The Public School System, and its complete lack of passion or effectiveness, is another American institution that keeps the Simpsons’ writers flowing with material. The teachers are bored, alcoholic, lonely people who would rather show an out-dated film reel. The principal still lives with his mom and is completely out of touch with the needs of his students, and only exists to please the Superintendent and his mother. If there is one character who completely embodies for failure of Public Schools, it is fan-favorite Ralph Wiggum. The borderline-retarded son of borderline-retarded Police Chief Wiggum (himself an example of the incompetency of Law Enforcement), Ralph is someone who can’t go in the deep-end of his sandbox, who doesn’t get to use pointy-scissors, and who utters such memorable phrases as “Me fail English? That’s unpossible!”

Capitalism and the American Corporation is lampooned in the show through a character described by Conan O’Brien as “infinitely old and infinitely evil,” Mr Burns. Personally, he is my favorite character. Mr. Burns is evil enough to literally steal candy from a baby. This is a man who blocked out the sun in order to increase demand for nuclear power. He follows this simple idea: “Family, friends, religion; these are the three demons you must slay in order to succeed at business.” Mr. Burns really is a stand-in for the cold, profit-driven, hate-filled stereotype we have been given about the CEOs of major companies (something that is continually reinforced by real-life events; thanks Enron, BP, Goldman Sachs, and Bernie Madoff). He praises the almighty dollar and will stop at nothing to be richer. Blocked off from the rest of his minions by Yes-Men like his right-hand-man (and secret admirer) Smithers, he doesn’t even remember most of his employees’ names. He represents the greedy, money-obsessed, impersonal American Corporation because he IS an evil billionaire tycoon.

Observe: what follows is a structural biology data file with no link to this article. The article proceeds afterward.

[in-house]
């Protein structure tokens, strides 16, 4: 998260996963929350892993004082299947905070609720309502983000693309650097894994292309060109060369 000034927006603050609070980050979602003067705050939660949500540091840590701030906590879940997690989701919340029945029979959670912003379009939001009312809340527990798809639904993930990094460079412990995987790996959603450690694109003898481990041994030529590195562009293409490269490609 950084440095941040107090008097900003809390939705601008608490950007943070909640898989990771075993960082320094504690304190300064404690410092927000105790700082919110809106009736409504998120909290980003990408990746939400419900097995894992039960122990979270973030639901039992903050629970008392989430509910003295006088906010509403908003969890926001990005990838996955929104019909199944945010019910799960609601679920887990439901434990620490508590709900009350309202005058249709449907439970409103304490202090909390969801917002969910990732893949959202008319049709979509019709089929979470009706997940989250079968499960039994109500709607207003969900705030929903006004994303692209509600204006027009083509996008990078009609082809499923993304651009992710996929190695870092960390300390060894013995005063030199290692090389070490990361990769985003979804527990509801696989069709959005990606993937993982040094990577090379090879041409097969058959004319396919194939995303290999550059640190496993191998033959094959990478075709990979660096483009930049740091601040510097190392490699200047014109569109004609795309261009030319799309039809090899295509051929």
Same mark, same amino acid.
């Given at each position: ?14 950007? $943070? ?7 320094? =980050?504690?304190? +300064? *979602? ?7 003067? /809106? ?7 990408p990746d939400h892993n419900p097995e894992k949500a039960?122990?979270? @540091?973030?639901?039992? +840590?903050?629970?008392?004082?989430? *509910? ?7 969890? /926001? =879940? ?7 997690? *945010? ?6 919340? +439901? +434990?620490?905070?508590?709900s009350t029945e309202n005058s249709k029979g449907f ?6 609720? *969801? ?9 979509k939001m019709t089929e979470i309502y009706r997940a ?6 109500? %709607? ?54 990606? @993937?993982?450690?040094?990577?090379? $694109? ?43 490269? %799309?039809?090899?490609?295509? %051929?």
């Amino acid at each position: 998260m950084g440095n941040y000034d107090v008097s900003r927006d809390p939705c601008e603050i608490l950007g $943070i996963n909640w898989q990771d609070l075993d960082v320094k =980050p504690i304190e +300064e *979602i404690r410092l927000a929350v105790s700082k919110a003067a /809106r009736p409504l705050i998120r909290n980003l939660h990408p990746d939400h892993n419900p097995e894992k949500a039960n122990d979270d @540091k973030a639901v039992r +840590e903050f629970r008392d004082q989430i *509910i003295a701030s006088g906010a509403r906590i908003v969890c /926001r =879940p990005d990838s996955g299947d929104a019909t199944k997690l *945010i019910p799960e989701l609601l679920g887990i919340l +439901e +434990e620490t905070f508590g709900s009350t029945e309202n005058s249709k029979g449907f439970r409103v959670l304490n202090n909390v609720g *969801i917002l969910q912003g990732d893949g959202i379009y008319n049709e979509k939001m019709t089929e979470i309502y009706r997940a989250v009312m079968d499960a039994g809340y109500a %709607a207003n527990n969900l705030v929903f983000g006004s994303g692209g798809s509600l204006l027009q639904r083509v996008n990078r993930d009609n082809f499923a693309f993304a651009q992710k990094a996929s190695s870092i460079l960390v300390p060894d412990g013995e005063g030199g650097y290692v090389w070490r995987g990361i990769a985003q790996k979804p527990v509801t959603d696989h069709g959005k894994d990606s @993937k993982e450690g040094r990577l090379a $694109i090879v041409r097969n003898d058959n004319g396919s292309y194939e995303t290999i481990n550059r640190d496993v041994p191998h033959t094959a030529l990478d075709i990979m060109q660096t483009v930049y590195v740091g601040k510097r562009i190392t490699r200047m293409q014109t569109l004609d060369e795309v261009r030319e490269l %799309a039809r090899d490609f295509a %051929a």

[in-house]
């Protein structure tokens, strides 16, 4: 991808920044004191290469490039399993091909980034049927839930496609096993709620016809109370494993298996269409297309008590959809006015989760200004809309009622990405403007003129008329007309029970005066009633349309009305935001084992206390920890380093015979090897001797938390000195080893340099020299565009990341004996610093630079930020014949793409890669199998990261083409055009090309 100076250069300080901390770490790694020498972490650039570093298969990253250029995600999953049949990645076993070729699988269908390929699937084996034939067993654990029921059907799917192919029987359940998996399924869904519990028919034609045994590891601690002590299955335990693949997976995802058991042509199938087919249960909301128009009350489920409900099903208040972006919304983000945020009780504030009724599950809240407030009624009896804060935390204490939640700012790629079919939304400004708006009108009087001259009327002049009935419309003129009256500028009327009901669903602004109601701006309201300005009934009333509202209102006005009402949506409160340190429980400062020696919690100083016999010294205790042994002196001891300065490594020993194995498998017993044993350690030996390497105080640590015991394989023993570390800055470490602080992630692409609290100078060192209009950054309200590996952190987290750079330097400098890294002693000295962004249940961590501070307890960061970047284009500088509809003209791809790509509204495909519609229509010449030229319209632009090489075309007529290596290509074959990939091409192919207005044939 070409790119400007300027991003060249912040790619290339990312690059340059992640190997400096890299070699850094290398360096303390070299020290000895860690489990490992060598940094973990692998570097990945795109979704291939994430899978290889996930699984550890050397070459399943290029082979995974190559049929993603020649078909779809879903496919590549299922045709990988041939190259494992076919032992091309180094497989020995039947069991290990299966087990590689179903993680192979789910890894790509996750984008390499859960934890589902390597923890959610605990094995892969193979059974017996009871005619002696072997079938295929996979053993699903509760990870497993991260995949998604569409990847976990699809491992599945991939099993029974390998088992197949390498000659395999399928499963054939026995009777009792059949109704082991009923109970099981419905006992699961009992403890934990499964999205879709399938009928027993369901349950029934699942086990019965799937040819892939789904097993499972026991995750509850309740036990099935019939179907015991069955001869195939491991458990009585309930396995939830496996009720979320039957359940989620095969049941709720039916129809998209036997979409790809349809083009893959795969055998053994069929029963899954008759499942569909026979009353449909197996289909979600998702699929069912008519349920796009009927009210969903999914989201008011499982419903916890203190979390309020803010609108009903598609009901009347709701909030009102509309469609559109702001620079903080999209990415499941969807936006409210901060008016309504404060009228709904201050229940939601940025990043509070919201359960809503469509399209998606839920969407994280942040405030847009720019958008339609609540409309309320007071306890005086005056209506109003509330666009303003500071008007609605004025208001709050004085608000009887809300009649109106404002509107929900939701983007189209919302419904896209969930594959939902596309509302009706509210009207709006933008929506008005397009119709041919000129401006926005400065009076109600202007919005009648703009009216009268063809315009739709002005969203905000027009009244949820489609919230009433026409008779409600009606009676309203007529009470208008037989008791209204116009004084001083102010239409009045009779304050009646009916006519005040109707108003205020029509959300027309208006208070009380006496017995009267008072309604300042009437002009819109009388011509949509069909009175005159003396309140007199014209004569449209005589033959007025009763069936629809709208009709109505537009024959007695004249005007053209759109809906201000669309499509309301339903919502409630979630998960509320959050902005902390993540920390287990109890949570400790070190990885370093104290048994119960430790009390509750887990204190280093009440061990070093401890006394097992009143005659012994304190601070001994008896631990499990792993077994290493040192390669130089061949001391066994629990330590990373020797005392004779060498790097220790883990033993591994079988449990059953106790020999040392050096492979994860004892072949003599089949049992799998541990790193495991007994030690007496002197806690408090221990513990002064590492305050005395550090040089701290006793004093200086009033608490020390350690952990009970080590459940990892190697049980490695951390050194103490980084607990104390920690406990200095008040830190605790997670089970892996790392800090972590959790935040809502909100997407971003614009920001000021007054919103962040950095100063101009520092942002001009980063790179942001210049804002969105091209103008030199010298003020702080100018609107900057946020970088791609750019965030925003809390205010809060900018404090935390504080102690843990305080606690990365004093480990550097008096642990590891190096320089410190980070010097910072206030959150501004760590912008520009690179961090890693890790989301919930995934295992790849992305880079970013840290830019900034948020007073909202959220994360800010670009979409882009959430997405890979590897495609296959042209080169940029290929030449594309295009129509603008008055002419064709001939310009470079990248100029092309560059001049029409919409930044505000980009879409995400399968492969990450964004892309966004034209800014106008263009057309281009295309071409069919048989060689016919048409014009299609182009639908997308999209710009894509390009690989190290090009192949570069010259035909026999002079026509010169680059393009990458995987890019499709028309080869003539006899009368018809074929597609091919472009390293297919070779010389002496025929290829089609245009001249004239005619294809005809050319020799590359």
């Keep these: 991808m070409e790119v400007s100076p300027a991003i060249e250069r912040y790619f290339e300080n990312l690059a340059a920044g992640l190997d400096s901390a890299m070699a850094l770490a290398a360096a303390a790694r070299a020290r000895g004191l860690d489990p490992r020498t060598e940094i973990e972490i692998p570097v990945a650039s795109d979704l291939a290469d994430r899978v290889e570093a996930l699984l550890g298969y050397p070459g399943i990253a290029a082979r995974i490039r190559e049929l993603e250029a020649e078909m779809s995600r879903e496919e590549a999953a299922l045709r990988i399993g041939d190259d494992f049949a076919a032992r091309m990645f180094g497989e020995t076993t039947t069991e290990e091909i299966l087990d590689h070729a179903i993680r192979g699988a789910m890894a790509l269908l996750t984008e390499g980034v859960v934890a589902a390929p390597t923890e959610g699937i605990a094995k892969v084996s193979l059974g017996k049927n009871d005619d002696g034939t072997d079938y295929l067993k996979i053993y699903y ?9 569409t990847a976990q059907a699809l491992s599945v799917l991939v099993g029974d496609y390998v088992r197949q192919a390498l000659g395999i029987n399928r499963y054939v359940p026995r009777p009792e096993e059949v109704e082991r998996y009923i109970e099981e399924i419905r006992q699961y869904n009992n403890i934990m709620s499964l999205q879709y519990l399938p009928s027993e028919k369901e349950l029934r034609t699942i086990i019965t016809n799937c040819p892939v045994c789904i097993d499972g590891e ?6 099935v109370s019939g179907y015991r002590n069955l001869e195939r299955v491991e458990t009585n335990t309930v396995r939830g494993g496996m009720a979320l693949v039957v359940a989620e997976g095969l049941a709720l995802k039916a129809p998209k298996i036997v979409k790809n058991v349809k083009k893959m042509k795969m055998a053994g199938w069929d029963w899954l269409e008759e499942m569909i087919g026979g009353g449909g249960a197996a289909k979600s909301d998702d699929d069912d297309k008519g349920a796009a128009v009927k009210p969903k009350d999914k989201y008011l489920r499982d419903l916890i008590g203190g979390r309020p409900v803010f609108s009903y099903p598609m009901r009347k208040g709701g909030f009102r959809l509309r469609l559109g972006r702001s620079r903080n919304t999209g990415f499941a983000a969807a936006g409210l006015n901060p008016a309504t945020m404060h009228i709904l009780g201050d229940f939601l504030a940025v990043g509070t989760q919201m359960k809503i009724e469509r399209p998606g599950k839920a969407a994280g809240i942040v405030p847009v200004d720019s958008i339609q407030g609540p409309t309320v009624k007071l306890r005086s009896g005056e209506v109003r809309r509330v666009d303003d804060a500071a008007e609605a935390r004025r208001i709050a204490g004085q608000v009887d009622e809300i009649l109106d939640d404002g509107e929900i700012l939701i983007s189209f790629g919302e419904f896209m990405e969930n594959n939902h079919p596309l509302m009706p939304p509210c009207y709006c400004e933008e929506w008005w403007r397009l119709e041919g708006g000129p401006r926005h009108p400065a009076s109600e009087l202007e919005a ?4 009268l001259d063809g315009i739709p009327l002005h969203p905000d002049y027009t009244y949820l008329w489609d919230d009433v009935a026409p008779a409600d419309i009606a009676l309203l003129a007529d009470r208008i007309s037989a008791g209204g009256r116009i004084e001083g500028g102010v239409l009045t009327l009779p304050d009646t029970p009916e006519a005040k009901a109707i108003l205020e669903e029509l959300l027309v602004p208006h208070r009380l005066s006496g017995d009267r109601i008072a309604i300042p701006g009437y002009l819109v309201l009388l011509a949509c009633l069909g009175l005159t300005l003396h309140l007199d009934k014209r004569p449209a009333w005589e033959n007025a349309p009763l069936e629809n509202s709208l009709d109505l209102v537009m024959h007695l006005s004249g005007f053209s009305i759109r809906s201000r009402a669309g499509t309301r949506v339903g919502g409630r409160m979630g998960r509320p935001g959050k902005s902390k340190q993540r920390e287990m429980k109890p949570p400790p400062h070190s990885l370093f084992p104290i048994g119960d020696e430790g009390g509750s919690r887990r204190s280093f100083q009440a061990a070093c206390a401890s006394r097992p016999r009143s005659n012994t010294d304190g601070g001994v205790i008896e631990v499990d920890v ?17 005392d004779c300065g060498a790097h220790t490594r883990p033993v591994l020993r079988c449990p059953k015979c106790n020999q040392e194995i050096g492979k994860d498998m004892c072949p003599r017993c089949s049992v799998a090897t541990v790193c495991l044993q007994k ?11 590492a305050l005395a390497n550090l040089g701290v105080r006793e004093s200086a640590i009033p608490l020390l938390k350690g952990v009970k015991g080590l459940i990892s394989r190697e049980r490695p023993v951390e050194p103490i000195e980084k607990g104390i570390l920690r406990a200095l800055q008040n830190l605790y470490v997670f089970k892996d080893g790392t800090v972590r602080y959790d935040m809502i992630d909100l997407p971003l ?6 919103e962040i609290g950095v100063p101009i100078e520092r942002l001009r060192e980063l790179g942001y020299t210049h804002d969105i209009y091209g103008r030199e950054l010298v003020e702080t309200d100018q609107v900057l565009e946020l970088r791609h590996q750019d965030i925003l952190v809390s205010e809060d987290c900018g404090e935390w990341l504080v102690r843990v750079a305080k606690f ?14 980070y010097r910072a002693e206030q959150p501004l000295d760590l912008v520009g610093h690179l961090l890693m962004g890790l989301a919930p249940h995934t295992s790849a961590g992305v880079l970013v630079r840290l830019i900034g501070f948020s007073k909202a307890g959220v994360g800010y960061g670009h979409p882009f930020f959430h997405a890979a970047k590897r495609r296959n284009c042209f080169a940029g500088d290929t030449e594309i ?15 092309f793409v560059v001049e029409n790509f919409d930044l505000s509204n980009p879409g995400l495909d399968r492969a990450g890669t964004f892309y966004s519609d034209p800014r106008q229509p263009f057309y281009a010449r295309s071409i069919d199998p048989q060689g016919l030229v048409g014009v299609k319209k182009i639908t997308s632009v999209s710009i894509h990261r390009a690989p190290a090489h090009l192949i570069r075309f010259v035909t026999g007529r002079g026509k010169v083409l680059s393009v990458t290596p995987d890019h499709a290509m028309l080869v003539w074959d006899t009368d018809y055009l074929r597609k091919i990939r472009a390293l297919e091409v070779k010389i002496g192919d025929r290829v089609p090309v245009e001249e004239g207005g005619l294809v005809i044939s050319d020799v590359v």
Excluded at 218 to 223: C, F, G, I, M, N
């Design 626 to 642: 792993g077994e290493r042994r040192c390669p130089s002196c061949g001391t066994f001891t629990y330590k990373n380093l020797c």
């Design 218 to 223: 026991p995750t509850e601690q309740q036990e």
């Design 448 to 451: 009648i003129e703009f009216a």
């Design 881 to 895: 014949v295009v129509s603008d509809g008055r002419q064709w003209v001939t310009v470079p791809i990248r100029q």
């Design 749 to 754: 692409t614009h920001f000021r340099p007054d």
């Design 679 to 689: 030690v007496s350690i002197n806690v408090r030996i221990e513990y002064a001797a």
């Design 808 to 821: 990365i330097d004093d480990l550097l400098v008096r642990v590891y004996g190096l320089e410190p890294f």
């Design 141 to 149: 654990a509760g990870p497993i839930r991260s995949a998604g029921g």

Media and popular culture is a huge target of much of the early Simpsons comedy, which is a pretty bold thing for a show actually on television to make fun of. The main cartoon all of the kids watch, “The Itchy and Scratchy Show,” is a vehicle to show what is wrong with television: there is no plot, only sensationalistic, violent imagery. Yet, the kids are entranced by it. The show’s other favorite television target is Krusty the Clown, the host of the show that airs the Itchy and Scratchy cartoon. In “real life,” Krusty is an alcoholic, tax evading, violent and unhappy person, yet the kids idolize him. He puts his name on any product, no matter how unsafe (Gum with spider eggs, cereal with a jagged toy in the box, Krusty Brand Pregnancy tests that “may cause birth defects,” to name a few). The takeaway is that you can‘t trust your idols on television any more than your idols at church. The people behind the masks and makeup are just as fallible as the rest of us. Then there's Troy McClure, who “you may remember from such self-help films as ‘Smoke Yourself Thin!’ and ‘Get Confident, Stupid!’” Troy is a washed-up actor still riding on the coattails of a past success, always trying to get his name out there to reclaim his former fame. This is an early pre-cursor to the celebrity-laden Internet, TMZ, and our inability to look away from the train-wreck lives of Lindsay Lohan and Brittany Spears.

This being the Simpsons, it leaves plenty of critique for itself. This style of meta-comedy is something that EXPLODED since the Simpsons first began to invade the airwaves, and is a favorite of my generation. It constantly makes fun of itself, its legacy, and its merchandising. As early as the third season, episodes were making fun of all of the shameless products with the Simpsons brand on it; t-shirts, toys from Burger King, Butterfinger Bars, multiple CD’s, and countless bootleg items. There’s an episode of the show where “The Itchy and Scratchy Show” is slipping in ratings and brings in a hip, badass younger character named Poochie to save the show, and in the same episode the Simpsons brings in a hip, badass younger character named Roy. It makes fun of all of the “wacky adventures” their characters go on, and how if they just ride it out and say a few wacky catchphrases, everything will return to normal.

Because I’ve already spent more than 1,000 words writing about the Simpsons, I’ll stop there. It goes without saying that a show like the Simpsons will forever be linked to late-20th-century culture, and will likely go down in history as one of the greatest and most important television series of all time. But if you take the time to really analyze the satire, you'll end up getting the message: don't trust authority.